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Continental Illinois National Bank and Trust Co. v. United States

decided: October 7, 1974.

CONTINENTAL ILLINOIS NATIONAL BANK AND TRUST COMPANY OF CHICAGO, AS EXECUTOR OF THE ESTATE OF JOSEPHINE W. SPETH, DECEASED, PLAINTIFF-APPELLEE,
v.
UNITED STATES OF AMERICA, DEFENDANT-APPELLANT



Appeal from the United States District Court for the Northern District of Illinois, Eastern Division - No. 69 C 2257 Richard B. Austin, Judge.

Fairchild, Pell and Stevens, Circuit Judges.

Author: Pell

PELL, Circuit Judge.

The Continental Illinois National Bank and Trust Company of Chicago brought this action as executor of the estate of the decedent Josephine W. Speth to recover an alleged overpayment of estate tax and interest.*fn1 After a bench trial, the district court entered judgment in favor of the taxpayer from which the Government has appealed.

The decedent Josephine Speth died on March 28, 1966, at the age of 75. Her sister, Margaret Speth, had died one month earlier on February 21, 1966. By her will, Margaret bequeathed to the decedent a life estate in certain property. At the time of Margaret's death, Josephine was suffering from cancer of the colon with metastasis to the liver.

The taxpayer, in computing the federal estate tax on Josephine's estate, claimed a credit under § 2013 of the Internal Revenue Code of 1954 for the amount of federal estate tax paid by the estate of Margaret on the life estate transferred to Josephine. In calculating the amount of this credit, the taxpayer used the actuarial tables set forth in § 20.2031-7(f) of the Treasury Regulations to value Josephine's life estate at the time of Margaret's death. The indicated table expectancy was approximately six years. The Commissioner disallowed the taxpayer's computation of the credit on the ground that, under Revenue Ruling 66-307, Josephine's actual life expectancy had to be utilized in determining the value of her life estate.*fn2

The district court held, alternatively, that (1) the Revenue Ruling did not control this case, and (2) the Revenue Ruling was invalid. The Government contests both holdings on appeal.

I

Section 2013 of the Internal Revenue Code was enacted "to prevent the diminution of an estate by the imposition of successive taxes on the same property within a brief period." Sen. Rep. No. 1622, 83rd Cong., 2d Sess. 121 (1954). The section provides for a credit against estate tax where the decedent has received property in a transfer during the previous ten years which transfer was itself subject to estate tax.*fn3 With certain adjustments and limitations not relevant here, the tax credit is the amount which bears the same ratio to the total estate tax paid by the transferor as the value of the property transferred bears to the total value of the transferor's taxable estate. If the transferred property has no value, the credit will, therefore, be zero. The percentage of credit allowed to the transferee's estate decreases ratably over the ten-year period.*fn4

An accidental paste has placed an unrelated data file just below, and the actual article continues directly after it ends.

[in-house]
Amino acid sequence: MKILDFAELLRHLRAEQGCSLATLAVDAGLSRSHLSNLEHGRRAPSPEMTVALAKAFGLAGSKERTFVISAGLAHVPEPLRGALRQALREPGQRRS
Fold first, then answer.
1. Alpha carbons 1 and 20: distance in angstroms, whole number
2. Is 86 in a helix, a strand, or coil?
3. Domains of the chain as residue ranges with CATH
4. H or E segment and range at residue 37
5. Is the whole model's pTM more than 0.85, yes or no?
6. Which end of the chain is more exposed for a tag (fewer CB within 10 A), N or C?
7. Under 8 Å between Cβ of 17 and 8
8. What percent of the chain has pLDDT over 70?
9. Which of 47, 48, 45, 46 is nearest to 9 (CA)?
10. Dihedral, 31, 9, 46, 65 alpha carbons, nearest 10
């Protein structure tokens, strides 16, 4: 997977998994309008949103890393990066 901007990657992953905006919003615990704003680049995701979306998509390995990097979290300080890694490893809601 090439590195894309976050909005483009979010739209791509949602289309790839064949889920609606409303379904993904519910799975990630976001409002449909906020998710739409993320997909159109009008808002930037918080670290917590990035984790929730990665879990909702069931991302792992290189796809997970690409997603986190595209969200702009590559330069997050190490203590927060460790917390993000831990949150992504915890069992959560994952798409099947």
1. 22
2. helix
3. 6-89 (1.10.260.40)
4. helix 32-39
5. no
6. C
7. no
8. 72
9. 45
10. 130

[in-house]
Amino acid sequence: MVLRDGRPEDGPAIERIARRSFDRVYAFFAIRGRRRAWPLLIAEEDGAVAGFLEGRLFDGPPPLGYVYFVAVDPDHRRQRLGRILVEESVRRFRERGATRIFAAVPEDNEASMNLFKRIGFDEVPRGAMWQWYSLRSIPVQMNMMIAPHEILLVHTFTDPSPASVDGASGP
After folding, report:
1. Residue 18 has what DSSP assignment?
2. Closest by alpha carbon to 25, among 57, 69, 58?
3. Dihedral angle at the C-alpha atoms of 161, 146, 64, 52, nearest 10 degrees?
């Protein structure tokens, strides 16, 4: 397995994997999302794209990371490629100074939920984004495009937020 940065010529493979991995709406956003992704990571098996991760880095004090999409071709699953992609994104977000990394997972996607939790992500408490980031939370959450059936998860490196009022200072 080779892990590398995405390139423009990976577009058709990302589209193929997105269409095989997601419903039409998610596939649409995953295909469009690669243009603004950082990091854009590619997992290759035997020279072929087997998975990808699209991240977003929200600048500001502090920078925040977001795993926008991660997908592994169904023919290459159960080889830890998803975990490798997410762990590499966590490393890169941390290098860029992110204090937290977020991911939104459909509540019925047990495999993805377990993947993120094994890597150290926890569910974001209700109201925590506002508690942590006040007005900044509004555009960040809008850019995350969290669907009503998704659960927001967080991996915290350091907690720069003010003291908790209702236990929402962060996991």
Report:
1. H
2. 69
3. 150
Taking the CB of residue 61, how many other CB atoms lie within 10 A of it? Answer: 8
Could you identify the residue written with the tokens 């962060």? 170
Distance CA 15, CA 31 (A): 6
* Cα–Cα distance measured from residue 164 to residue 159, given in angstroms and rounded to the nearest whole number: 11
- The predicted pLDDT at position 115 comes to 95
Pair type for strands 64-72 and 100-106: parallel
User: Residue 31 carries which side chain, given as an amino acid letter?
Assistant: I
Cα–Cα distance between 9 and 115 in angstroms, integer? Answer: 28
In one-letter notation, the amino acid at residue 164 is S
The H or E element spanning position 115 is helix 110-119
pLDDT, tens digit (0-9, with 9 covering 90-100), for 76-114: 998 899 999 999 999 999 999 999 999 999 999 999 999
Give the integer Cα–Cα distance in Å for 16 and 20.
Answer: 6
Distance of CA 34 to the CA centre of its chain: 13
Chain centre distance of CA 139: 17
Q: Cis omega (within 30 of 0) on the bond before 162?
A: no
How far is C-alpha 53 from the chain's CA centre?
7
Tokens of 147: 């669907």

The credit applies to any beneficial interest in property received by the transferee. § 2013(e). Thus, the credit is available for a life estate held by the decedent-transferee, even though the life estate will not be included in his estate and, therefore, cannot itself be the subject of double taxation. See Treas. Reg. §§ 20.2013-1(a) and 20.2013-5(a).*fn5

Section 2013(d) provides, in general, that "the value of property transferred to the decedent shall be the value used for the purpose of determining the Federal estate tax liability of the estate of the transferor" subject to certain adjustments not relevant here. The Code itself does not, however, set forth the manner for computing the value of a life estate in property transferred to the decedent when the property was taxed in the estate of the transferor. The Treasury Regulations state, inter alia, at § 20.2013-4(a), that:

"If the decedent received a life estate or remainder or other limited interest in property included in the transferor's gross estate, the value of the interest is determined as of the date of the transferor's death on the basis of recognized valuation principles (see especially §§ 20.2031-7 and 20.2031-10)."*fn6

Section 20.2031-7 of the Regulations contains the mortality tables for valuing life estates.*fn7

The Government admits that, as a general rule, the § 2013 credit on a life estate is to be calculated by finding the actuarial life expectancy, as determined by the tables in Treasury Regulation § 20.2031-7, of the life tenant as of the transferor's death. The Government contends, however, that there is an ...


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